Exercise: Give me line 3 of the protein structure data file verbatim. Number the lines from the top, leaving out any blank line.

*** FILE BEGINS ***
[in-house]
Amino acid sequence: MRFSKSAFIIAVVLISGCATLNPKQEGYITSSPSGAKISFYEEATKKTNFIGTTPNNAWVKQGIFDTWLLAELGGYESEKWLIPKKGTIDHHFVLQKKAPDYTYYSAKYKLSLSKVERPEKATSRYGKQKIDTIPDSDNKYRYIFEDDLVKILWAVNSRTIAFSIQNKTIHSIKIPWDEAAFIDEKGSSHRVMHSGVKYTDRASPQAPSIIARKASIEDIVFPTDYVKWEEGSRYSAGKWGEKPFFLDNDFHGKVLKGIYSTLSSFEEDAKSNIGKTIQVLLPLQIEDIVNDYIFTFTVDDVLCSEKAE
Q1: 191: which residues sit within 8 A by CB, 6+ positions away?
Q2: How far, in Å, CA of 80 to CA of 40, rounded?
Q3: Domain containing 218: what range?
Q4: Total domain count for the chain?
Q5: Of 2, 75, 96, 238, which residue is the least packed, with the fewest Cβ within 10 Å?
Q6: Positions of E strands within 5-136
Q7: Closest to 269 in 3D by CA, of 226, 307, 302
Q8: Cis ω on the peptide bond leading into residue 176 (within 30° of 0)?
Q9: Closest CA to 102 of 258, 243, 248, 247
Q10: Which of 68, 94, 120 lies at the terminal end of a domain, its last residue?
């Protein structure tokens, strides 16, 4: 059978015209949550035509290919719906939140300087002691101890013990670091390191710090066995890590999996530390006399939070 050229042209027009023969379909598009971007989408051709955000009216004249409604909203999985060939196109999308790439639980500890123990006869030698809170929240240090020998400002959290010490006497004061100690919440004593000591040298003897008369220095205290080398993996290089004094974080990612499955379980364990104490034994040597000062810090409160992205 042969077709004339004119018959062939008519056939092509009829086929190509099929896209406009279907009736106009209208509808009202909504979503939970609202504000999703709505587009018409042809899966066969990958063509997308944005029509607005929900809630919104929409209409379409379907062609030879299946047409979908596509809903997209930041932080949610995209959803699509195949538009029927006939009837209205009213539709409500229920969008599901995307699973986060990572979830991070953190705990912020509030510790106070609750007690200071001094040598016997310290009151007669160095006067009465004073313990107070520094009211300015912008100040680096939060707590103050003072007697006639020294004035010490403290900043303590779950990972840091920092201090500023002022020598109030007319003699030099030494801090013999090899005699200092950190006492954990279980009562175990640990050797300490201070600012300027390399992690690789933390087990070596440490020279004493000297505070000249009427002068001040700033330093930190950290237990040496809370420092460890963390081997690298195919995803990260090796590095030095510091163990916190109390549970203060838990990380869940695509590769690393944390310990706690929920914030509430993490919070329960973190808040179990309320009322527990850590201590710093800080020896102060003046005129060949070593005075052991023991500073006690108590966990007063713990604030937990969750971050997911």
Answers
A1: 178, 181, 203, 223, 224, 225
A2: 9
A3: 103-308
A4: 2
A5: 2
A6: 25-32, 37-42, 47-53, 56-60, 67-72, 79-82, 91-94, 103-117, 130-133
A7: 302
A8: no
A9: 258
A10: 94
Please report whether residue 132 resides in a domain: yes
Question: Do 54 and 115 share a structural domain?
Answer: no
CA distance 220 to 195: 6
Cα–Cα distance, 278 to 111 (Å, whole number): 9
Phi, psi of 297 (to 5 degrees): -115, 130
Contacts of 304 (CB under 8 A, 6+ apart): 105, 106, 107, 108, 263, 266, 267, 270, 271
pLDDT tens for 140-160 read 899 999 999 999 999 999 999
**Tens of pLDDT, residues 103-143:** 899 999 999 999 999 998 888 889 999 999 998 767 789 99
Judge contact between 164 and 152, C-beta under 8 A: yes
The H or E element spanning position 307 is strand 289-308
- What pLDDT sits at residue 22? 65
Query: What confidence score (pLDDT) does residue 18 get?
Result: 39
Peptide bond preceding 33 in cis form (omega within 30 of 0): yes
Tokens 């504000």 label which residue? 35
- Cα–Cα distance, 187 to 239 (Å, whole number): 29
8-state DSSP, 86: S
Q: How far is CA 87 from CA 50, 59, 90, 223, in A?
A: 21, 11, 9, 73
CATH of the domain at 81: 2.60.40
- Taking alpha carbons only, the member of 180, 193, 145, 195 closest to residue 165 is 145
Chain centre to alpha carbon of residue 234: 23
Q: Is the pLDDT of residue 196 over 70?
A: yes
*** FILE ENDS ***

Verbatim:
Q1: 191: which residues sit within 8 A by CB, 6+ positions away?